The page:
The skimpy clothes that sexualise young children
IRISH shops are under fire for selling inappropriate clothing to young girls, with children's charities warning that they "contribute to the early sexualisation of children".
Teenagers I spoke to said that while they did not wear revealing clothes during the day, the need to upload pictures to social networking sites to prove that they "have a social life" was pushing them to buy sexier outfits.
"When we started going to discos in first year it was kind of a big deal so a lot of girls tried too hard to look older," a savvy 16-year-old said.
"They would wear bandeau tops, and miniskirts with heels, it was trashy, they looked like prostitutes but they didn't know any better.
"A big part of going out is getting ready with your friends and putting up photos on Facebook when you're messing around before the night out so they'd put a lot of effort into their clothes because of that," a 15-year-old added.
"It's sad really because they look like porn stars, and it feels like it's getting worse now than it was for us.
"We'd never have mixed short top and short skirt, you can't expose everything at once."
The girls felt that the pressure to look alluring rather than pretty came from boys and their evolving tastes.
They, themselves, admitted that they would love to look like curvaceous singer Beyonce (30), model Georgia Salpa (26) or reality star Kim Kardashian (30), who became famous when a sex tape of her and a boyfriend was leaked.
"Celebrities give guys such bad expectations, they're so critical all the time, they think we should look like them," a 15-year-old said.
"I do like the way some of them dress, especially their heels, they always have huge platforms. I love them but my parents won't let me get them, I can only wear wedges.
"Some of my friends do wear 'hooker heels'... I've borrowed them but I can't walk in them," another 15-year-old admitted.
Irish children's charities have repeatedly expressed their concern that high streets are profiting and even driving the early sexualisation of children.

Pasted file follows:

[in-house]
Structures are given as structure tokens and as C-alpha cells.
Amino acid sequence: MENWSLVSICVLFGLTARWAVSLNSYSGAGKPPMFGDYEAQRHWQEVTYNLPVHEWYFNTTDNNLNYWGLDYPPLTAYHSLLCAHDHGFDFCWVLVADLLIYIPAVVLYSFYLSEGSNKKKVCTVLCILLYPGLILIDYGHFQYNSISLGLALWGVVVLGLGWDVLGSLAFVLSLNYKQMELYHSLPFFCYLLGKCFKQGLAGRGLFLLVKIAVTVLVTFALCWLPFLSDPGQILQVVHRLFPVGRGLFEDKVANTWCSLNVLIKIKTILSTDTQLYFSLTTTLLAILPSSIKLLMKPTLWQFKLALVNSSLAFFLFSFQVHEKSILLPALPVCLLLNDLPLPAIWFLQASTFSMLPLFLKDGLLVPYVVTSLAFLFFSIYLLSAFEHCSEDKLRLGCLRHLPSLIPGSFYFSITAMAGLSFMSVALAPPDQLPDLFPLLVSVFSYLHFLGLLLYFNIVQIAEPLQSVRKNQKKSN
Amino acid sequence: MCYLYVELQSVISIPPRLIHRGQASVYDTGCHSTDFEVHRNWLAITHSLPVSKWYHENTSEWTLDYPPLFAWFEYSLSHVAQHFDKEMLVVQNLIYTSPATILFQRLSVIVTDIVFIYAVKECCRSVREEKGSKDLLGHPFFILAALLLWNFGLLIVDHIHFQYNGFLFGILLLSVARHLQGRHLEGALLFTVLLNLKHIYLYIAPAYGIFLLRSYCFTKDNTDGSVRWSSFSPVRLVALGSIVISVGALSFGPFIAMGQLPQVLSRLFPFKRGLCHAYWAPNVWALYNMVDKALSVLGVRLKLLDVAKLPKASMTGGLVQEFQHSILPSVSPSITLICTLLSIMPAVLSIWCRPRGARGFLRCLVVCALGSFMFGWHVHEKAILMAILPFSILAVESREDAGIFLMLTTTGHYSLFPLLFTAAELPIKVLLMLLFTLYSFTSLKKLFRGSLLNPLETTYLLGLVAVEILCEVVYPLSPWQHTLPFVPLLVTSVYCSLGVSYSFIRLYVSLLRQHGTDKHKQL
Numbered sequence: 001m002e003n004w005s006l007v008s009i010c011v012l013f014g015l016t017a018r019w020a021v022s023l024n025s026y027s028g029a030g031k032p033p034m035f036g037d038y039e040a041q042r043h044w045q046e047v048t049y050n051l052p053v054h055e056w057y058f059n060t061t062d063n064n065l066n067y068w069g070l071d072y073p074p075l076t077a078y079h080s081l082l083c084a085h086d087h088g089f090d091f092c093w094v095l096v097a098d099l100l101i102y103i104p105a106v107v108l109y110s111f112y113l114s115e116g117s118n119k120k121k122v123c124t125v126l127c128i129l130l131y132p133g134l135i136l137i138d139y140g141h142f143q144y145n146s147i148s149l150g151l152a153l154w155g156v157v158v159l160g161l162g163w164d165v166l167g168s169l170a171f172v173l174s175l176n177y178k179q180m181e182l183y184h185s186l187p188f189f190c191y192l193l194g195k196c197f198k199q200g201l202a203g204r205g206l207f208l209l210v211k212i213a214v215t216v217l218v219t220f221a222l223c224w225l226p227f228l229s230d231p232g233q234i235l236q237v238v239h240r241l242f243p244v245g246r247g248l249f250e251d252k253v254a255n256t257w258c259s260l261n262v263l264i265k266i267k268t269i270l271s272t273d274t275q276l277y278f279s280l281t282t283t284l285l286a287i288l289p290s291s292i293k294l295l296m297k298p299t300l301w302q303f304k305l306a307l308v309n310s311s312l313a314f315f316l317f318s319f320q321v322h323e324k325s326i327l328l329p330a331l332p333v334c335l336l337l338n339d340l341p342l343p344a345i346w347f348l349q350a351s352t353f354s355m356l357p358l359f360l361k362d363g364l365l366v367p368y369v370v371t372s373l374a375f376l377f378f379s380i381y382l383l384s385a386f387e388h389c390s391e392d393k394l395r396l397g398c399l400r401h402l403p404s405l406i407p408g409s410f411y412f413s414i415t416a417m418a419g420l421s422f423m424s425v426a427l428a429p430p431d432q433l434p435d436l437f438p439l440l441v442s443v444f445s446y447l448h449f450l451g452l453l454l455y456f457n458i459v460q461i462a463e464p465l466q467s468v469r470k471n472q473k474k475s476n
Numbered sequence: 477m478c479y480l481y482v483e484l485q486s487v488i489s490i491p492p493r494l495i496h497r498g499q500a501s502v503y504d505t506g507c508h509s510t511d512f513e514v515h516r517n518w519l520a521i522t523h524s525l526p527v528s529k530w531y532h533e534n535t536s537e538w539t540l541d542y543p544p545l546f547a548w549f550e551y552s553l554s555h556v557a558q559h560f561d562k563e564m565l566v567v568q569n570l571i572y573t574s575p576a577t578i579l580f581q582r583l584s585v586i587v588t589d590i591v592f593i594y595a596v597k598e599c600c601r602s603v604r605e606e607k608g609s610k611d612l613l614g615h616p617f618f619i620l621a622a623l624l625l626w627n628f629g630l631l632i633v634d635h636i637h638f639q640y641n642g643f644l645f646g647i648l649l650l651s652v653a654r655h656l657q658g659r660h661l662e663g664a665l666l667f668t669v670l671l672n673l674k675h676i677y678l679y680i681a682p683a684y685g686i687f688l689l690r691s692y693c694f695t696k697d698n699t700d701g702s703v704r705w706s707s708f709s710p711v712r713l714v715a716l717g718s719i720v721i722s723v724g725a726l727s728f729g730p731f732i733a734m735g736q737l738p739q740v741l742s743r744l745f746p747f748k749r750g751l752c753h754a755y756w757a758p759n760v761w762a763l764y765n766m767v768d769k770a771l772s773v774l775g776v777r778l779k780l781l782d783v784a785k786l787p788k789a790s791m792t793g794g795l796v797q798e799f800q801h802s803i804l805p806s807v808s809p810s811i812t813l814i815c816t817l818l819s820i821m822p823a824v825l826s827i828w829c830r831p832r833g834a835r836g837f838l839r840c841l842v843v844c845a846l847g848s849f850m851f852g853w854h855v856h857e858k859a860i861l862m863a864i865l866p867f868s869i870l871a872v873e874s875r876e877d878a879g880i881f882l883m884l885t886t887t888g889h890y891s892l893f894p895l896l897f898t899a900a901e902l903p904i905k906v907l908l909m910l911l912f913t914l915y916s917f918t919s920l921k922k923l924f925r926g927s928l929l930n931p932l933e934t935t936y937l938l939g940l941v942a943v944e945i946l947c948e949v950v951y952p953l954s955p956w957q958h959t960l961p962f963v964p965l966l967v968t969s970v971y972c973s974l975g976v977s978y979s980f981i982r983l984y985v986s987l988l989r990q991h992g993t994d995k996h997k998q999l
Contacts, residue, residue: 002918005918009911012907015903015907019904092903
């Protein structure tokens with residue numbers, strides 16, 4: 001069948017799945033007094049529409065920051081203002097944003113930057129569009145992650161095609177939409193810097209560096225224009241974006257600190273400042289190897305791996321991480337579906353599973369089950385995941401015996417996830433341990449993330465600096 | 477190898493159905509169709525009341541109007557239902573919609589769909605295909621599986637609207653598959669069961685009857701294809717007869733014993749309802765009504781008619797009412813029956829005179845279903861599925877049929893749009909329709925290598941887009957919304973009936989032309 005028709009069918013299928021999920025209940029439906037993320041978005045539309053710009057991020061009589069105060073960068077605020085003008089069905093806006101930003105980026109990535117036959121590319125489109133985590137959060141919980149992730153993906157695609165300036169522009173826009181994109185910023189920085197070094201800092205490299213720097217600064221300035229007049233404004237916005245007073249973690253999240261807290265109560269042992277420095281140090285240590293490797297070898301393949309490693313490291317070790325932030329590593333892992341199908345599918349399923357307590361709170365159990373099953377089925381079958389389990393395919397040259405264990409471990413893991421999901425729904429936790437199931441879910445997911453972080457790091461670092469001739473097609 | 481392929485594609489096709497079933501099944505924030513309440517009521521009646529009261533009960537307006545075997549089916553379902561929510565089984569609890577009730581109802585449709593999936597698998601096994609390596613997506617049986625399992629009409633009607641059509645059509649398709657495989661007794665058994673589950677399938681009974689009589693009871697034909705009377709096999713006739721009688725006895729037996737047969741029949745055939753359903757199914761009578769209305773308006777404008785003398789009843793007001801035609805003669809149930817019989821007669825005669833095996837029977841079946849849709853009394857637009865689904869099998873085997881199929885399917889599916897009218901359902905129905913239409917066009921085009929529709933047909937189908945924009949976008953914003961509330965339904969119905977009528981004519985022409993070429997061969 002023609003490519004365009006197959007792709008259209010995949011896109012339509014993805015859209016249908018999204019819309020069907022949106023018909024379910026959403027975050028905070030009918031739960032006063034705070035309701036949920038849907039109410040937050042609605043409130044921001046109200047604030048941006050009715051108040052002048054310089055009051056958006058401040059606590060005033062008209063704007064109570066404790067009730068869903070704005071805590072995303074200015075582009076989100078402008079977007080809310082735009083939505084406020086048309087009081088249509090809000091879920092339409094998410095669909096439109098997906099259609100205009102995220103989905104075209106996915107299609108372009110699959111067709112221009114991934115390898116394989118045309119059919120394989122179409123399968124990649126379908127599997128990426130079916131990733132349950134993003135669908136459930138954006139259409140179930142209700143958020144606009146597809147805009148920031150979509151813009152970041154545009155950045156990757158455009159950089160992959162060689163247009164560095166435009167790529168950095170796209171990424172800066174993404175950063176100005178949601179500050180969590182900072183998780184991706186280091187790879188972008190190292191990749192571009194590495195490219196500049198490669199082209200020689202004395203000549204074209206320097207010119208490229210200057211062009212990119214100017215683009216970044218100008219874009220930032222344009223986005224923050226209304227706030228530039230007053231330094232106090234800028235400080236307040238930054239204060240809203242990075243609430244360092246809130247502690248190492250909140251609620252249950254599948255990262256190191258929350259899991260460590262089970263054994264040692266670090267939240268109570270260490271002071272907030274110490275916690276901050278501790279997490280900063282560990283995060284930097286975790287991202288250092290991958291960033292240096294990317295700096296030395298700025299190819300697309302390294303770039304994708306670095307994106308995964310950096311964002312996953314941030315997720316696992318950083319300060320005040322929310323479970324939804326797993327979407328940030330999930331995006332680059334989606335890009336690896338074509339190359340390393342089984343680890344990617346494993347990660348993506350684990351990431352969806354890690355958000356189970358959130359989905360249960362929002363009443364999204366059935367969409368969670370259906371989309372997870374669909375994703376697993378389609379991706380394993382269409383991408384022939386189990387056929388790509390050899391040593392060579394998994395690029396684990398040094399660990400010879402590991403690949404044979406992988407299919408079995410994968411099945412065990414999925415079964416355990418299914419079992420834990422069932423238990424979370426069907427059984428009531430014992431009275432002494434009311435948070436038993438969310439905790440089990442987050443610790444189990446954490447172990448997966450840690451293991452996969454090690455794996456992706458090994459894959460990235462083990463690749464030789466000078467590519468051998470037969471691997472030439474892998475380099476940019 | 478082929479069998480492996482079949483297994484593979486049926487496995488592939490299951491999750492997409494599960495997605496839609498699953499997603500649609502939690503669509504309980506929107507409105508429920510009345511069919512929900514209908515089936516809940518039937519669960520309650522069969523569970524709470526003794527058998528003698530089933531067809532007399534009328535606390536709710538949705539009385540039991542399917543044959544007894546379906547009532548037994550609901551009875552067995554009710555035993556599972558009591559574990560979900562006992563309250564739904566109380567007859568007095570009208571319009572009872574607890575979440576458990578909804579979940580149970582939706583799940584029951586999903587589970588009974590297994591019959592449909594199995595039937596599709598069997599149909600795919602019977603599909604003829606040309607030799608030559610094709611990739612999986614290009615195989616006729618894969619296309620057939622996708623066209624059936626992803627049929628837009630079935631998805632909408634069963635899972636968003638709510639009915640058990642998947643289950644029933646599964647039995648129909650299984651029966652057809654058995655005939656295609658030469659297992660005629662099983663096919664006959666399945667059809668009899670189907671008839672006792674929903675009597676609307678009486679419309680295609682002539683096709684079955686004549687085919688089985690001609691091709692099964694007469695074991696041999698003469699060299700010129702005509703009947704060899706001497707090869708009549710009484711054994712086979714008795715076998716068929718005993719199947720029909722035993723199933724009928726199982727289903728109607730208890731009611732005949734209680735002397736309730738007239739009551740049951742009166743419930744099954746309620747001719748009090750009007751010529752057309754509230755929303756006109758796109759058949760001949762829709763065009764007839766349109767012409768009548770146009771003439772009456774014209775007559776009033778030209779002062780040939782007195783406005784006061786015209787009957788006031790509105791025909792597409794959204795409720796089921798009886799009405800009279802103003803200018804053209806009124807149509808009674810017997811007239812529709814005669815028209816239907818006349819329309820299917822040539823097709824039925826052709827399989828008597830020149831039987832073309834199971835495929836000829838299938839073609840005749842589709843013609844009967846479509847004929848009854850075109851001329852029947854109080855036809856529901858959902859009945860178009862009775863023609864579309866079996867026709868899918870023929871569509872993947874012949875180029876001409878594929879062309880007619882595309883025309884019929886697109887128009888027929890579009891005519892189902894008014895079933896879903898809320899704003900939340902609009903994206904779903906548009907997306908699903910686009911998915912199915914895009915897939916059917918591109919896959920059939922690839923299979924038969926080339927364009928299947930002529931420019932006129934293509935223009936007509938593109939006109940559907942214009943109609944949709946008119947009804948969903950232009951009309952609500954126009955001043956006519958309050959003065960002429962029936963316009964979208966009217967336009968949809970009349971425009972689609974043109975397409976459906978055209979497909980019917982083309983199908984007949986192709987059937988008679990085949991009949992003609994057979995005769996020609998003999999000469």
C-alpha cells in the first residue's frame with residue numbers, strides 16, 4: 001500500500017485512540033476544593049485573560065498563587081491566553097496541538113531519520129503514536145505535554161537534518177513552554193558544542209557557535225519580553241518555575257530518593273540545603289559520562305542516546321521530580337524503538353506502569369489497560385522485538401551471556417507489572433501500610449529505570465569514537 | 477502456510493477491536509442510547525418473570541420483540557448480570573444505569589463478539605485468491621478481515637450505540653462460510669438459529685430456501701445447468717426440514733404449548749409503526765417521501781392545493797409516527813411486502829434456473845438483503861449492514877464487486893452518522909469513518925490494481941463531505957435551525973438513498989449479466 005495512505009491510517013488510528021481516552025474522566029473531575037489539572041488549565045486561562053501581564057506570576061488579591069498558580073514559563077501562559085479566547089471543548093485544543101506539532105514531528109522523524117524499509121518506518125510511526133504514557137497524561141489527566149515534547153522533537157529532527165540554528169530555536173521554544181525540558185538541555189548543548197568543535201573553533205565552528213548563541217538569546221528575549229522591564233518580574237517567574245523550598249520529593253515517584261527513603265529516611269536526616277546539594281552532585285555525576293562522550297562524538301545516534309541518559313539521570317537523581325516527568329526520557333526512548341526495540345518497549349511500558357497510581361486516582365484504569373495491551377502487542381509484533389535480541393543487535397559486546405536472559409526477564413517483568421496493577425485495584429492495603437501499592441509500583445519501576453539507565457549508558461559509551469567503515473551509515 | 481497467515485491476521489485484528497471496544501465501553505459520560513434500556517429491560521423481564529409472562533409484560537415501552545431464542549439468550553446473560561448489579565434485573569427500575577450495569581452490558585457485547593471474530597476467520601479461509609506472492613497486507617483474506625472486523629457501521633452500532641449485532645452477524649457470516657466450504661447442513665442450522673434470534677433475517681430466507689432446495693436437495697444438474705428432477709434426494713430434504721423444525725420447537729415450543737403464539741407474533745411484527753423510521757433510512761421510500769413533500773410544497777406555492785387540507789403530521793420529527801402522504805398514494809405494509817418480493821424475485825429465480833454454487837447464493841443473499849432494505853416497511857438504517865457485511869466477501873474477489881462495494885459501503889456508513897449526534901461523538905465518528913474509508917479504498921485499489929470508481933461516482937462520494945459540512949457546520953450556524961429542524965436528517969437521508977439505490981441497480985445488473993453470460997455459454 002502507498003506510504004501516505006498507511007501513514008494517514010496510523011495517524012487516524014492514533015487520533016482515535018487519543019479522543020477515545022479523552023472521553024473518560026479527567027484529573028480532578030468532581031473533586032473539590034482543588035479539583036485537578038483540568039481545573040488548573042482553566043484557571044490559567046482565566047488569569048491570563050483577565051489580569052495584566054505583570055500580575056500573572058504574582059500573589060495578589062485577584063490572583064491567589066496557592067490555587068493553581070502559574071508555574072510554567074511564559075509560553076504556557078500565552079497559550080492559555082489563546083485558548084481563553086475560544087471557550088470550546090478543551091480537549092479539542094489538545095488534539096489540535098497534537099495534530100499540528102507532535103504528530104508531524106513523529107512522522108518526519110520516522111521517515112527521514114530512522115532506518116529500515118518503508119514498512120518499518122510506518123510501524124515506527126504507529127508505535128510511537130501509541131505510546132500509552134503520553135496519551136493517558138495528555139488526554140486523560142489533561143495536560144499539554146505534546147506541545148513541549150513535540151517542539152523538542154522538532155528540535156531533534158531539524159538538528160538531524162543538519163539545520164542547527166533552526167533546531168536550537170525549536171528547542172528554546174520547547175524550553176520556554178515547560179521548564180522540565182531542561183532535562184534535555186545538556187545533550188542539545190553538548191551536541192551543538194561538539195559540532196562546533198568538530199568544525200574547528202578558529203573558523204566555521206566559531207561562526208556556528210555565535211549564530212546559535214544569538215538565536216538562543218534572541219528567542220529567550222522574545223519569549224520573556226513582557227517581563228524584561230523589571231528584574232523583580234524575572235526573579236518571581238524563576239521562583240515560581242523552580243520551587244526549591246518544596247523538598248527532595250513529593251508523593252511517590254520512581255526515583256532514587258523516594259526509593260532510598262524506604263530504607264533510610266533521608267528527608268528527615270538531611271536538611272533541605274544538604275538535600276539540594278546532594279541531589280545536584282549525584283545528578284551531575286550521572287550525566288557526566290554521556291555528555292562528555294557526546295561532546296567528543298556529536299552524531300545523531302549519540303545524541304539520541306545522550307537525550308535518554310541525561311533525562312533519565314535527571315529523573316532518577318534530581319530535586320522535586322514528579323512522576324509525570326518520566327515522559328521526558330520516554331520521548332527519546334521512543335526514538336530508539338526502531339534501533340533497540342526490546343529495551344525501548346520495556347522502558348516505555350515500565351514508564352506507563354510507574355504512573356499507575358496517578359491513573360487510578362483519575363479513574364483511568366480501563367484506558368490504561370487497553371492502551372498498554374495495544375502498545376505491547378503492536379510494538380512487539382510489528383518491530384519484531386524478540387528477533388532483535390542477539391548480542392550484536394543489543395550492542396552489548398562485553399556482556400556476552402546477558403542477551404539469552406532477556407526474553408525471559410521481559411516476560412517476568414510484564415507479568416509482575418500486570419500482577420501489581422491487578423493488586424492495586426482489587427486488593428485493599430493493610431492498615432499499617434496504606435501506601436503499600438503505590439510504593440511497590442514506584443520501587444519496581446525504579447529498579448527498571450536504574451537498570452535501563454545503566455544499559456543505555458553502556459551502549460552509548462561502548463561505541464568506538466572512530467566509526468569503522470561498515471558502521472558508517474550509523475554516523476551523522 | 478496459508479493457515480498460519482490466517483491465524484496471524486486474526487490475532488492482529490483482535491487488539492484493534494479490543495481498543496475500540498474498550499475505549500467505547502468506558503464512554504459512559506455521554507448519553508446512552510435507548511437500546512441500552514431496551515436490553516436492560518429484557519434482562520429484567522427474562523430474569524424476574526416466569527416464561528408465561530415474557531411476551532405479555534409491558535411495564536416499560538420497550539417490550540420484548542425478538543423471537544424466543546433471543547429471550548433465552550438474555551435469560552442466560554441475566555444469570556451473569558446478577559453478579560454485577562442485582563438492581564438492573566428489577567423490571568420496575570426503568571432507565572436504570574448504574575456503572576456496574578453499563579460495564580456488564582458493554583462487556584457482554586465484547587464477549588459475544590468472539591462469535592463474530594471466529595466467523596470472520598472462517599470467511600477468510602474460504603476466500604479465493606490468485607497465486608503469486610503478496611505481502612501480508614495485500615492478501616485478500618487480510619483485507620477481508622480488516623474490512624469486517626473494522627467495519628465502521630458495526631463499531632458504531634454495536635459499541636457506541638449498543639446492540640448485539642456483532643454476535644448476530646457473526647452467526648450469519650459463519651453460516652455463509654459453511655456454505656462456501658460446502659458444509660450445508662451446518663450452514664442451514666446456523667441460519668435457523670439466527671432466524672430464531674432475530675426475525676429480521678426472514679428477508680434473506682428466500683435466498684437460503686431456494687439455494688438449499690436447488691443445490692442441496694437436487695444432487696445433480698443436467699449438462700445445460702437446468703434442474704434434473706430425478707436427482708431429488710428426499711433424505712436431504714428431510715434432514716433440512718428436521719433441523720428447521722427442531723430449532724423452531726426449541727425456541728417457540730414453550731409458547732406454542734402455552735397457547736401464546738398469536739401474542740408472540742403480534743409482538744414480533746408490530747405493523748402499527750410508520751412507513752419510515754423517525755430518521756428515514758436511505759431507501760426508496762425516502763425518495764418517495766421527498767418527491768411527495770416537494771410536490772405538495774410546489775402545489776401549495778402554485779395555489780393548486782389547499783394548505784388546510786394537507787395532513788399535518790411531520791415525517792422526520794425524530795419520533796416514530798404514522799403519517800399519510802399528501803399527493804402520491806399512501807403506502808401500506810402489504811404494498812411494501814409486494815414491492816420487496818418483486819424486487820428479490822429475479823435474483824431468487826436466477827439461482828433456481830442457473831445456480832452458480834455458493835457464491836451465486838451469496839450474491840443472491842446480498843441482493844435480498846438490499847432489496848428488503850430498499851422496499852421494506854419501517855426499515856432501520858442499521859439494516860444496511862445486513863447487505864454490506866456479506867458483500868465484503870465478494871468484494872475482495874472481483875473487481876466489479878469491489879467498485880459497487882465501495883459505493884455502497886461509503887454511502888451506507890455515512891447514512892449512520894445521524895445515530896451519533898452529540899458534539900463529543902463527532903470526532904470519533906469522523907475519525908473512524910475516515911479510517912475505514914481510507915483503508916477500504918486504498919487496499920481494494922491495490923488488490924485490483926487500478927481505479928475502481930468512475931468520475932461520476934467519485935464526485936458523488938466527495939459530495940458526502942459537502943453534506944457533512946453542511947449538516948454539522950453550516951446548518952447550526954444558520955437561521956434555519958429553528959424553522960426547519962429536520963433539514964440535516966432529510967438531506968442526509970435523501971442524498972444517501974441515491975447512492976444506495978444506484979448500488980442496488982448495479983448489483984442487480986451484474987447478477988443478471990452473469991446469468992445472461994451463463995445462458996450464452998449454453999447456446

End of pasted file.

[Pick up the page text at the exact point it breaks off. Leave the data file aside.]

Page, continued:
The controversy has gained momentum as dozens of UK retailers agreed to sign a new code of practice in June that effectively prevents them from selling clothes to children with sexually suggestive material.
Items of clothing which have been criticised include heeled shoes for toddlers, "cropped tops" shaped like sports bras for five-year-old girls and suggestive underwear for pre-teens.
The guidelines, which were drawn up by the British Retail Consortium, have already garnered the support of brands available in Ireland as well as Britain, notably Marks & Spencer, Next, Debenhams, Argos and Tesco.
While no offensive garments appeared to be sold in these shops in the Republic, the Herald uncovered some of the controversial items in Penneys among other stores.
Padded bras for girls as young as nine years old were available for purchase in Irish stores.
The Irish Society for the Prevention of Cruelty to Children (ISPCC) said that such products were totally unsuitable for children, while Barnardos Director of Advocacy Norah Gibbons urged parents to not purchase these clothes.
"Our message to stores is 'don't sell them' and to parents 'please don't buy them'.
"The biggest complaint you can make is to leave them on the shelves and challenge not the poor people in the stores but the managers of the stores.
"I think we need to ask a question to the retailers: 'What good do they think they are doing in selling these types of underwear for small children?'
"What part of children's development and mental needs would they argue that they are meeting?
"I would say to parents that the fact that retailers are looking to make a quick and easy profit and are selling their items, does not mean that parents have to buy them. I think the worry is that for people who would want to view children as in any way being sexual, and who want in their thinking to persuade themselves that little girls or indeed little boys are interested in sexual matters, these kind of clothes can allow these people to build their own warped thinking around children.
"We need to protect our children from that and let our children be children."
One such item, which is sold in Penneys for €4, consists of a white and baby pink triangular padded bra which includes the inscription 'cutie' on one of the cups.
While the bra does not mention an age, it is advertised for girls who reach 140cm in height or 29 to 30 inches around the chest, that is to say, age nine to 10.
It appears that the age range was previously mentioned on hangers but that it has since been removed, perhaps to avoid controversy.
A similar item, sold in Primark -- Penneys' counterpart in the UK -- last year also claimed to be for girls of that height, and the hanger, which was photographed in a national newspaper, clearly stated that it was aimed at 9- to 10-year-old girls. A tag included with the underwear also read "my first bra".
Tops for five to six-year-old kids were also brought to the attention of the Herald.
The items are advertised as "girls crop tops" but they are clearly designed in the same style as women's sport bras with demarcations around the chest area.
They are also only available in the underwear section of the shop -- next to the girls' padded bras.